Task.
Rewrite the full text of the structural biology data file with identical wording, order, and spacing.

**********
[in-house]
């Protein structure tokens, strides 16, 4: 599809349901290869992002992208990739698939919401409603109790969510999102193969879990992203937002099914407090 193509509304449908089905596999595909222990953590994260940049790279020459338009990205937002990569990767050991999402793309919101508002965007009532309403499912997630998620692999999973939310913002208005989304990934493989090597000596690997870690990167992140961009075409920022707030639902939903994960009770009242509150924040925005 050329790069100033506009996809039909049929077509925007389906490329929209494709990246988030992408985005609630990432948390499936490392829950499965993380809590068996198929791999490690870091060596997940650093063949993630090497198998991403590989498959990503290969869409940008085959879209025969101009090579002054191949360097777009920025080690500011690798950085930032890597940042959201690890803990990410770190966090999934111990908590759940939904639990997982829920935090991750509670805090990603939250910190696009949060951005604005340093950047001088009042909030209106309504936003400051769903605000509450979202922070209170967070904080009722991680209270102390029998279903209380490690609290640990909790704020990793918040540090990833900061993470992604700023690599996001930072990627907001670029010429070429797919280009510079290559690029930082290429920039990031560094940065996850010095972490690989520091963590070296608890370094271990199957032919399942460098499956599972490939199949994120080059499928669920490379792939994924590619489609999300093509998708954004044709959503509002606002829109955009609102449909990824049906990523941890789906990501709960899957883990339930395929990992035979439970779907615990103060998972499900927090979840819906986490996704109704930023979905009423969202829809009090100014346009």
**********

[in-house]
């Protein structure tokens, strides 16, 4: 599809349901290869992002992208990739698939919401409603109790969510999102193969879990992203937002099914407090 193509509304449908089905596999595909222990953590994260940049790279020459338009990205937002990569990767050991999402793309919101508002965007009532309403499912997630998620692999999973939310913002208005989304990934493989090597000596690997870690990167992140961009075409920022707030639902939903994960009770009242509150924040925005 050329790069100033506009996809039909049929077509925007389906490329929209494709990246988030992408985005609630990432948390499936490392829950499965993380809590068996198929791999490690870091060596997940650093063949993630090497198998991403590989498959990503290969869409940008085959879209025969101009090579002054191949360097777009920025080690500011690798950085930032890597940042959201690890803990990410770190966090999934111990908590759940939904639990997982829920935090991750509670805090990603939250910190696009949060951005604005340093950047001088009042909030209106309504936003400051769903605000509450979202922070209170967070904080009722991680209270102390029998279903209380490690609290640990909790704020990793918040540090990833900061993470992604700023690599996001930072990627907001670029010429070429797919280009510079290559690029930082290429920039990031560094940065996850010095972490690989520091963590070296608890370094271990199957032919399942460098499956599972490939199949994120080059499928669920490379792939994924590619489609999300093509998708954004044709959503509002606002829109955009609102449909990824049906990523941890789906990501709960899957883990339930395929990992035979439970779907615990103060998972499900927090979840819906986490996704109704930023979905009423969202829809009090100014346009």